Damn! Someone has beaten me to it! When listening to Digebasse by Chaii, arguably one of the most prominent features of the track is its use of rhythm, in particular the regular use of triplets, quavers/semiquavers, polyrhythm and finally a ‘scotch snap’, a musical and rhythmic device I learnt at school, growing up in the UK.
Anyone reading this column may be familiar with my semi-regular use of semiotics to analyse popular music, and to do that I often borrow from the work of Philip Tagg. Coincidentally Tagg has recorded a video talking extensively about the origins of the Scotch Snap, from which I was going to build my analytical argument.
However, I noticed after searching online that this has already been done to a certain degree in a study by Vulture into the music of Ariana Grande, and also by jazz musicologist Adam Neely. That said, in Steal Like an Artist, Austin Kleon reminds us that ‘everything that needs to be said has already been said, but no one was listening, so it needs to be said again’.
With the spirit of Kleon in mind and borrowing from the work of others I am writing about Digebasse in X-Factory this time as Chaii has a strong connection with New Zealand, having moved to Christchurch from Iran when she was just 8 years old.
Firstly, borrowing from Vulture, the Scotch Snap is described as ‘a bouncy, emphatic rhythm in which a short note on a strong beat is followed by a longer note on a weak one. It has been in use, and at times in vogue, since at least the 17th century. And recently, it’s become one of the most prominent rhythmic approaches in rap (and hence, pop and R&B)’.
It seems that this device is often associated with Afro-American music because of its recent ubiquity into the hip hop world, however after studying its etymophony (and as suggested by its name) ‘the rhythm is particularly prevalent in the music of the British Isles, and especially common in Scottish song since the mid-18th century’. Tagg notes that in the late 17th century, scotch snaps were heard in English art music ‘as something local, archaic, as rurally uncouth’. Hopefully, these days things have moved on! The rhythm was a common motif that immigrants from the British Isles brought with them to the eastern United States.
In Digibasse, whilst the scotch snap isn’t used a huge amount (in fact it is only heard at the beginning of each verse – 0m1s and 1m05s – over the lyrics ‘early, early’), this placement of this rhythmic device puts it front-and-centre, prominent in our mind’s eye if you like. All other lyrics are spoken over a combination of triplet and quaver/semiquaver rhythms, fairly typical of hip hop music.
Additionally, Digebasse switches between 106 bpm in the chorus and its half-time cousin 58 bpm over verses. The half-time feel allows for the flow to be divided arguably using a variety of subdivisions due to the space that the groove creates. Finally, the bassline in the verses is particularly interesting as it is displaced ahead of the beat by one semiquaver, so creating an unsettling feeling. The polyrhythmic flow of the lyrics combined with stark contrast between verse (unsettling) and chorus (positive) is particularly striking in this composition, and the limited but precisely placed harmonic movement provides prosody between lyrics and rhythm.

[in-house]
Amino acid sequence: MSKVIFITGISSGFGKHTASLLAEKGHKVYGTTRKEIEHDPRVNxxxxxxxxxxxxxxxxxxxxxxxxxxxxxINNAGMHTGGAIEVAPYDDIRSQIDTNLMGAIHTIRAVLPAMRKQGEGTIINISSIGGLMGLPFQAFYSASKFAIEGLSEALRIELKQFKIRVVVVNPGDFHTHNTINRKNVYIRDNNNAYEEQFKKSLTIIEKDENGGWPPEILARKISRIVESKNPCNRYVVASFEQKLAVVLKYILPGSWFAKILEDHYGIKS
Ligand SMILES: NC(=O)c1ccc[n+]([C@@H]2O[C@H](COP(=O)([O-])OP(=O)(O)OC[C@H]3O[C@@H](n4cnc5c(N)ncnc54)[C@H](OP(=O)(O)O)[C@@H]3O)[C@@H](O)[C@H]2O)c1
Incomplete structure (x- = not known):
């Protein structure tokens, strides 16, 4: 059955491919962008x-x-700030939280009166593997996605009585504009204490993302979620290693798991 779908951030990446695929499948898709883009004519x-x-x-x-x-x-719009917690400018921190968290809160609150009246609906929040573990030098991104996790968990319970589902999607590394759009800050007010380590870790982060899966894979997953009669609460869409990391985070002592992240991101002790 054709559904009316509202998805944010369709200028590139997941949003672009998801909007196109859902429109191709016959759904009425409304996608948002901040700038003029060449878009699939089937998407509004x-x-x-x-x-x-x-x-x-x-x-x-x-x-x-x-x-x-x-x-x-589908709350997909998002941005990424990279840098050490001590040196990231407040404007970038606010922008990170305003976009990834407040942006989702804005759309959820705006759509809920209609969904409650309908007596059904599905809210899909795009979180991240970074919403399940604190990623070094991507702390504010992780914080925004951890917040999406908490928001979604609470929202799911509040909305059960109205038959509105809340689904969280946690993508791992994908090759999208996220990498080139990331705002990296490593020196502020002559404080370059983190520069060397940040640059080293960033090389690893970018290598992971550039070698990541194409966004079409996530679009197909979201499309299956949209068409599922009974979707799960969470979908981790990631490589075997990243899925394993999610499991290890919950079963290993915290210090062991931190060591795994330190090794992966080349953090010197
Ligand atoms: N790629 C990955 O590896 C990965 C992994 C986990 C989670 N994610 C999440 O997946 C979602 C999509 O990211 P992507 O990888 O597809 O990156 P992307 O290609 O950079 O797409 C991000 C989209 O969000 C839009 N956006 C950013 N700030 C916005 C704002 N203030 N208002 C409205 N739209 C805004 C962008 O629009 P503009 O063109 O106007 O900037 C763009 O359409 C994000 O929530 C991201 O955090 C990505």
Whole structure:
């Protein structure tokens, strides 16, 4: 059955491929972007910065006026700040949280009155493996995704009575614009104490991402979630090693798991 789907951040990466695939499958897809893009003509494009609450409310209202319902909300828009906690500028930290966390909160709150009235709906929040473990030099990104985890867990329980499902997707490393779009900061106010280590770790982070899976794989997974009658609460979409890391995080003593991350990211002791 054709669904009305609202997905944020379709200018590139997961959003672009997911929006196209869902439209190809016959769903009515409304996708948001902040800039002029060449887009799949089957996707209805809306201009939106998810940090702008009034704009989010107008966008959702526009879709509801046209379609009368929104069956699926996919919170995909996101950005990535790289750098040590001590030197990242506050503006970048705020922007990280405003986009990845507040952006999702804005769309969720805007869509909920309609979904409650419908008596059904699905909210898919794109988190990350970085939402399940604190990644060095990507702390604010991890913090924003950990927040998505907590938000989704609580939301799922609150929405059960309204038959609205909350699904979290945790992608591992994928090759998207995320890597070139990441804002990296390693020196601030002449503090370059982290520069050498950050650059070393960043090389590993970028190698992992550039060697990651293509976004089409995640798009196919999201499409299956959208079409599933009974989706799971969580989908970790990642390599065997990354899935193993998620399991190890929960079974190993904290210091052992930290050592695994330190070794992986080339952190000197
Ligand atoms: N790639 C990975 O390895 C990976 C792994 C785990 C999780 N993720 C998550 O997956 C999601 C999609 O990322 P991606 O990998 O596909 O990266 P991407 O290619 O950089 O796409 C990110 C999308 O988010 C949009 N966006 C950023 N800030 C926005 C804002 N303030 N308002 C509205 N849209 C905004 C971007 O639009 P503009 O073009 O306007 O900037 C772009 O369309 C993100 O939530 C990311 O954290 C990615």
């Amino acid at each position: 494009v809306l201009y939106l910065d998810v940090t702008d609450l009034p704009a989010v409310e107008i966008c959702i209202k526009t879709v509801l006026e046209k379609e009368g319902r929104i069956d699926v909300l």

The harmony is relatively simple, nearly the whole tune sitting over an Am pedal, with only the chorus having any kind of chord structure Am | G | D | C | Am | G | D | E, largely based on an A Aeolian mode. The placement of the harmony in the chorus section connotes movement and joy over the positive message of the chorus lyrics (see below), whilst the lack of harmony of the verse serves as stark contrast supported by an arrogant bass line, static harmony, and darker and more introspective lyrics.
Additionally, the use of the Farsi language in parts is intriguing sonically, and unsurprising, Chaii is still strongly connected to her Persian roots. In a Radio NZ article she states how Digebasse (meaning ‘enough’) was released on International Women’s Day, just a week before the Christchurch terrorist attack. Within days the track had clocked 700,000 views.
She explains the song was originally about shining a positive light on the Middle East. “I just wanted to show some scenery and some colour and people having a good time. Just people like everyone else.” It would seem that Chaii’s track became a soundtrack to a significant event in New Zealand’s recent history, and as a result serves as a poignant reminder of xenophobia.
Digebasse is a carefully crafted song, containing contrast between sections, polyphony, intelligent use of prosody both in verse and chorus sections, and like other songs before it (e.g. Childish Gambino’s This Is America) addresses a significant topic, one particularly raw still here in NZ. It doesn’t come as a surprise that Digebasse has proven so popular. I look forward to hearing more from Chaii in the future.
In the morning
Birds be calling
Got my backpack on I’m rolling
Into the city my headphones on and
Blocked the world owe nothing to no one
Missed me when your day has gone
When your day is gone
You’ll be lucky if I save some
Yeah I’ll be patient but its late now
I’m in a better place yeah I’m laid back
Once upon a time there were the days that
I would agree with whatever was said
Now wanna be free, everything I could be
Wanna be seen, follow my dream
Giving it 100%, me and my team
She untouchable getting to do what was just so impossible
She got no negative on her, so crazy so loveable
Is this positive love is this positive vibe
Is just positive love is just positive vibe
Dr Mark Baynes is Programme Manager for the Bachelor of Musical Arts degree at MAINZ, Auckland; a degree program that fosters students’ ability to find their own musical voice, culminating with the creation of a capstone project such as an album, film score or music for game audio. For more information visit mainz.ac.nz.